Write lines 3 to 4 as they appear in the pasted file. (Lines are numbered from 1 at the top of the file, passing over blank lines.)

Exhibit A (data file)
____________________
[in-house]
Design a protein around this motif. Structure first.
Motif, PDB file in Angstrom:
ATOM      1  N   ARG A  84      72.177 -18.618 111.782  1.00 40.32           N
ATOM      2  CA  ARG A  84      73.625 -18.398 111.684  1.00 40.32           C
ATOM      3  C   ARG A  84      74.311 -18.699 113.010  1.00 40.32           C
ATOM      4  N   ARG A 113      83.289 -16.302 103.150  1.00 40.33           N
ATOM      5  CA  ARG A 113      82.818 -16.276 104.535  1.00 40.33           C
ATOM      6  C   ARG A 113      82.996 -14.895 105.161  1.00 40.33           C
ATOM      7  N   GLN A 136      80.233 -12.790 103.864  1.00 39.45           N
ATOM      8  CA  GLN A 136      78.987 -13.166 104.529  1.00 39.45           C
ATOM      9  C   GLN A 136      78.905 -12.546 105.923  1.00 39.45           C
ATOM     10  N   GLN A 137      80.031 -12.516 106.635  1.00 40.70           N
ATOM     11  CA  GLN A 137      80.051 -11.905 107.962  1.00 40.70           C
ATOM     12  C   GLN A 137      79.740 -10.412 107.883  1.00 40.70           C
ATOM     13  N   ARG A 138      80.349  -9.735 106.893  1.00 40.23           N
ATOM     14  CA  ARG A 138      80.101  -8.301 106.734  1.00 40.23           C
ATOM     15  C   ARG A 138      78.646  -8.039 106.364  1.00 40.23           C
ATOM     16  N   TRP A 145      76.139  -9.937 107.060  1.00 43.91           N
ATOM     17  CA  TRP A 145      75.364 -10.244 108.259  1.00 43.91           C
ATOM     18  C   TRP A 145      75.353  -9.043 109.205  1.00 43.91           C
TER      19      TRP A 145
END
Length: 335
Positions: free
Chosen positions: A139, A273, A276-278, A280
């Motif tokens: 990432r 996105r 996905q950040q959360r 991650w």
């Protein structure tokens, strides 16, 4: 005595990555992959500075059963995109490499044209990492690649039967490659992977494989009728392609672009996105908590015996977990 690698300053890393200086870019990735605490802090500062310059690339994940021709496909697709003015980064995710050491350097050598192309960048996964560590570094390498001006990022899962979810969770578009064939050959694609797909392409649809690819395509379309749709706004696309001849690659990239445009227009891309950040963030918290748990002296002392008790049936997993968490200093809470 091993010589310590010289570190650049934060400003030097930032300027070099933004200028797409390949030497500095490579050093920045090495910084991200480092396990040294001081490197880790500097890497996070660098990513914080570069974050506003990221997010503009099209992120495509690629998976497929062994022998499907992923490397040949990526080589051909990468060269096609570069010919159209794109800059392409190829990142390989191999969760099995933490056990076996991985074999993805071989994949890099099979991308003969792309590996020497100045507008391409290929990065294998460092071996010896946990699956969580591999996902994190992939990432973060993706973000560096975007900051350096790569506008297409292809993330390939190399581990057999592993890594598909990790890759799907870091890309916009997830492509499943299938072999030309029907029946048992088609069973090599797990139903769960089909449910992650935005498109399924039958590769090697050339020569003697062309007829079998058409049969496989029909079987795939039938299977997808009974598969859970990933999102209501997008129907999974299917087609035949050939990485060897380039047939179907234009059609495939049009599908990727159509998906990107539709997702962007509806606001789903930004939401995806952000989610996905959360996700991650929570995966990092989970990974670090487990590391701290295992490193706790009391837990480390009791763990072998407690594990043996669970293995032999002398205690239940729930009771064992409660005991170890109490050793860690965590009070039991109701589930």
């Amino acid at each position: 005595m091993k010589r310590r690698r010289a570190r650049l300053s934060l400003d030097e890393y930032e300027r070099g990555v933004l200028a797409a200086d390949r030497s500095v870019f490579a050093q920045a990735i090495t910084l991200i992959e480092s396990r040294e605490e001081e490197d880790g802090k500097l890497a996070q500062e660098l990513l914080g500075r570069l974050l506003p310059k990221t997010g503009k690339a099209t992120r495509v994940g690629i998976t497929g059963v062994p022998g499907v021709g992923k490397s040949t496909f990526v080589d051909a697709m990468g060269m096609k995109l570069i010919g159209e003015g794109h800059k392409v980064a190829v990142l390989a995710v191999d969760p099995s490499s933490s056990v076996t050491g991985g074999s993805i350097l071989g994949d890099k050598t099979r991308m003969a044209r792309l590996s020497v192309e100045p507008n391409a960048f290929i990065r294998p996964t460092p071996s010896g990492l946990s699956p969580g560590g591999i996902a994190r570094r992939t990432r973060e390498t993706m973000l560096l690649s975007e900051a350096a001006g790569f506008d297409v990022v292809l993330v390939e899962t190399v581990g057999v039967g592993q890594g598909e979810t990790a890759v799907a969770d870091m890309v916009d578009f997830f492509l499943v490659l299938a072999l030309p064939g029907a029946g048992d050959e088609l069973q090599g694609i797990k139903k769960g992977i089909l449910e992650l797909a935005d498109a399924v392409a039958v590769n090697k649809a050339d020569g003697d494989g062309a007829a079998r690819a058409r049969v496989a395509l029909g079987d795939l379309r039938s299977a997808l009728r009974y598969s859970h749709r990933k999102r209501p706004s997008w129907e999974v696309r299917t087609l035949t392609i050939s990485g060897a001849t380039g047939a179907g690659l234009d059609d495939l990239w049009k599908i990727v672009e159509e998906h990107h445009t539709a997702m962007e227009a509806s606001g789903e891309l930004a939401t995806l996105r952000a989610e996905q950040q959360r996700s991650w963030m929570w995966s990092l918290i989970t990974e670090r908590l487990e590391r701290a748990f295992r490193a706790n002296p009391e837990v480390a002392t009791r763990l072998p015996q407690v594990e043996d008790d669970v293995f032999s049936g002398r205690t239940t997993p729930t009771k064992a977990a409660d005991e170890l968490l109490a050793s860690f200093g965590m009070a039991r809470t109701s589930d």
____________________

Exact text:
Motif, PDB file in Angstrom:
ATOM      1  N   ARG A  84      72.177 -18.618 111.782  1.00 40.32           N